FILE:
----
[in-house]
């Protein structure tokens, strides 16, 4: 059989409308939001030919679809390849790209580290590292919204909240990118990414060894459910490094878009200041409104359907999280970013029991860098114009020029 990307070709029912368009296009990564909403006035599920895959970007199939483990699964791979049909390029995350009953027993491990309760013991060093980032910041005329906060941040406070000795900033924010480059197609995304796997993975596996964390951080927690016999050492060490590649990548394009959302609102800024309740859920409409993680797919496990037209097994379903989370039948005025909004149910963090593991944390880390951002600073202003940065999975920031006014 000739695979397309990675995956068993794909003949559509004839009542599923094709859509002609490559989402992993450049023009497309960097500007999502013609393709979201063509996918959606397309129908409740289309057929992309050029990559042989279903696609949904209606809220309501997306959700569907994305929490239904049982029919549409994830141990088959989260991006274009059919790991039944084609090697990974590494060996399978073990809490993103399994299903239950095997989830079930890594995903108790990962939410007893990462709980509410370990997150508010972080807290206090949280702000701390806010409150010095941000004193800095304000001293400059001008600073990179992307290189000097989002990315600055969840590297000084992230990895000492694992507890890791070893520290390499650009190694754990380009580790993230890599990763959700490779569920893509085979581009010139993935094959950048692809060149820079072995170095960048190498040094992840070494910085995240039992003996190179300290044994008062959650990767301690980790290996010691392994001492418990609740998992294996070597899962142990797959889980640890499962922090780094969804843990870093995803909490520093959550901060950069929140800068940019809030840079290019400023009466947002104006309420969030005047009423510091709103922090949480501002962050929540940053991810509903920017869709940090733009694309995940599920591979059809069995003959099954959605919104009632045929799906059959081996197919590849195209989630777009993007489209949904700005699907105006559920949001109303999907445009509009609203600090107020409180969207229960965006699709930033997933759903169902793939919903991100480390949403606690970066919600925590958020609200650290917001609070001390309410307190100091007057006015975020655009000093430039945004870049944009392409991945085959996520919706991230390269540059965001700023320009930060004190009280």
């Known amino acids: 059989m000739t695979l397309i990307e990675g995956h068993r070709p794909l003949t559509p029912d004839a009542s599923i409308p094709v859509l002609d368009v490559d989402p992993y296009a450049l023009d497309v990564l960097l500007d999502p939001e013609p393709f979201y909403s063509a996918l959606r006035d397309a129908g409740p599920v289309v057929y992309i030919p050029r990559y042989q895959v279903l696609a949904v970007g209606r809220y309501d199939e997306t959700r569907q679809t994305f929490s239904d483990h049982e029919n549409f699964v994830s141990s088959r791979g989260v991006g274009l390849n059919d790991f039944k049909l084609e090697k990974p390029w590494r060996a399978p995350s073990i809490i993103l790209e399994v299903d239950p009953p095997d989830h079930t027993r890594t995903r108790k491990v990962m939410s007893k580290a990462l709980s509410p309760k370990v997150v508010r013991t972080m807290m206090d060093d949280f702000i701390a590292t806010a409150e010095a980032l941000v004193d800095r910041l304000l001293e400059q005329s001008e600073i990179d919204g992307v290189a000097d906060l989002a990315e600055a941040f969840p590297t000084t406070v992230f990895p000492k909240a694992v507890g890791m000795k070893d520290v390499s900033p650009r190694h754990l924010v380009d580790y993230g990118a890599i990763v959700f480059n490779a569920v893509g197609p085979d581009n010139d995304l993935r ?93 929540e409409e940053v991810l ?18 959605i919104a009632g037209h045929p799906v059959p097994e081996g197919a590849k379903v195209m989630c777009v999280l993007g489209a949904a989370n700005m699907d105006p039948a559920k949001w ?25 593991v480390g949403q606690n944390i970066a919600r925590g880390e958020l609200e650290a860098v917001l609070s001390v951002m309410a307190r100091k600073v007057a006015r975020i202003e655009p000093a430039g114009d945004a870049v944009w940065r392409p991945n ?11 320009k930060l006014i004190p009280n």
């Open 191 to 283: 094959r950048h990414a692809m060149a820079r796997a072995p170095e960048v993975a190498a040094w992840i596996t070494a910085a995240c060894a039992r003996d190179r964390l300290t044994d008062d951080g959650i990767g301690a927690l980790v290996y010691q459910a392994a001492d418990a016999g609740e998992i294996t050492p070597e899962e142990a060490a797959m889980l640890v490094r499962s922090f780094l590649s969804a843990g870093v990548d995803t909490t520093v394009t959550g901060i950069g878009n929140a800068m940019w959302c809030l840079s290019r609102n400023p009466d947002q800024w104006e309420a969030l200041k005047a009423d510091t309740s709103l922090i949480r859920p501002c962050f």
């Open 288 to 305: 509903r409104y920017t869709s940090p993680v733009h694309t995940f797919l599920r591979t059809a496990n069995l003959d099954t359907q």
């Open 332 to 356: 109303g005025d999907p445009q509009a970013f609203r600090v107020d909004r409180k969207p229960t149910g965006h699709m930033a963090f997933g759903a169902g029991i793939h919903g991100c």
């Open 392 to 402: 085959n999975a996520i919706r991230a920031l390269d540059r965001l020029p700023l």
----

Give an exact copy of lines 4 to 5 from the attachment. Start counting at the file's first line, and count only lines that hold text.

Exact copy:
């Open 191 to 283: 094959r950048h990414a692809m060149a820079r796997a072995p170095e960048v993975a190498a040094w992840i596996t070494a910085a995240c060894a039992r003996d190179r964390l300290t044994d008062d951080g959650i990767g301690a927690l980790v290996y010691q459910a392994a001492d418990a016999g609740e998992i294996t050492p070597e899962e142990a060490a797959m889980l640890v490094r499962s922090f780094l590649s969804a843990g870093v990548d995803t909490t520093v394009t959550g901060i950069g878009n929140a800068m940019w959302c809030l840079s290019r609102n400023p009466d947002q800024w104006e309420a969030l200041k005047a009423d510091t309740s709103l922090i949480r859920p501002c962050f």
């Open 288 to 305: 509903r409104y920017t869709s940090p993680v733009h694309t995940f797919l599920r591979t059809a496990n069995l003959d099954t359907q």